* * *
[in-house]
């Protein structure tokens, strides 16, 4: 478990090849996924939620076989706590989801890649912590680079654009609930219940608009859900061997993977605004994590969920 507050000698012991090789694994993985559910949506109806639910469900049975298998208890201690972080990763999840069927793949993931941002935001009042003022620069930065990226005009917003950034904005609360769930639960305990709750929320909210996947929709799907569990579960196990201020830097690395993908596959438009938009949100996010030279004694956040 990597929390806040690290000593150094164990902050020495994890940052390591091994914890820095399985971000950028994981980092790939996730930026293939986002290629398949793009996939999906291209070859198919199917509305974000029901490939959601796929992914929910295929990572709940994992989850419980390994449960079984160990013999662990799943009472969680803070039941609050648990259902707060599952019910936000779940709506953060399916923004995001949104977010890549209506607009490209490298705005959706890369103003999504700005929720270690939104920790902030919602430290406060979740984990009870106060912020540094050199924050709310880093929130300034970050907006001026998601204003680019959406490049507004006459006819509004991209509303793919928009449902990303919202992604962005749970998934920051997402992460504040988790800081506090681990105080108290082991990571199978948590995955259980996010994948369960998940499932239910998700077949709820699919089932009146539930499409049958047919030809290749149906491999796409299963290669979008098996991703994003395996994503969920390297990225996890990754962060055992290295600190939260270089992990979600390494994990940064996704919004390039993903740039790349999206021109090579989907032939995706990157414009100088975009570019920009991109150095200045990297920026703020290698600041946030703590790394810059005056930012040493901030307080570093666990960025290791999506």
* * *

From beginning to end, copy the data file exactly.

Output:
[in-house]
């Protein structure tokens, strides 16, 4: 478990090849996924939620076989706590989801890649912590680079654009609930219940608009859900061997993977605004994590969920 507050000698012991090789694994993985559910949506109806639910469900049975298998208890201690972080990763999840069927793949993931941002935001009042003022620069930065990226005009917003950034904005609360769930639960305990709750929320909210996947929709799907569990579960196990201020830097690395993908596959438009938009949100996010030279004694956040 990597929390806040690290000593150094164990902050020495994890940052390591091994914890820095399985971000950028994981980092790939996730930026293939986002290629398949793009996939999906291209070859198919199917509305974000029901490939959601796929992914929910295929990572709940994992989850419980390994449960079984160990013999662990799943009472969680803070039941609050648990259902707060599952019910936000779940709506953060399916923004995001949104977010890549209506607009490209490298705005959706890369103003999504700005929720270690939104920790902030919602430290406060979740984990009870106060912020540094050199924050709310880093929130300034970050907006001026998601204003680019959406490049507004006459006819509004991209509303793919928009449902990303919202992604962005749970998934920051997402992460504040988790800081506090681990105080108290082991990571199978948590995955259980996010994948369960998940499932239910998700077949709820699919089932009146539930499409049958047919030809290749149906491999796409299963290669979008098996991703994003395996994503969920390297990225996890990754962060055992290295600190939260270089992990979600390494994990940064996704919004390039993903740039790349999206021109090579989907032939995706990157414009100088975009570019920009991109150095200045990297920026703020290698600041946030703590790394810059005056930012040493901030307080570093666990960025290791999506």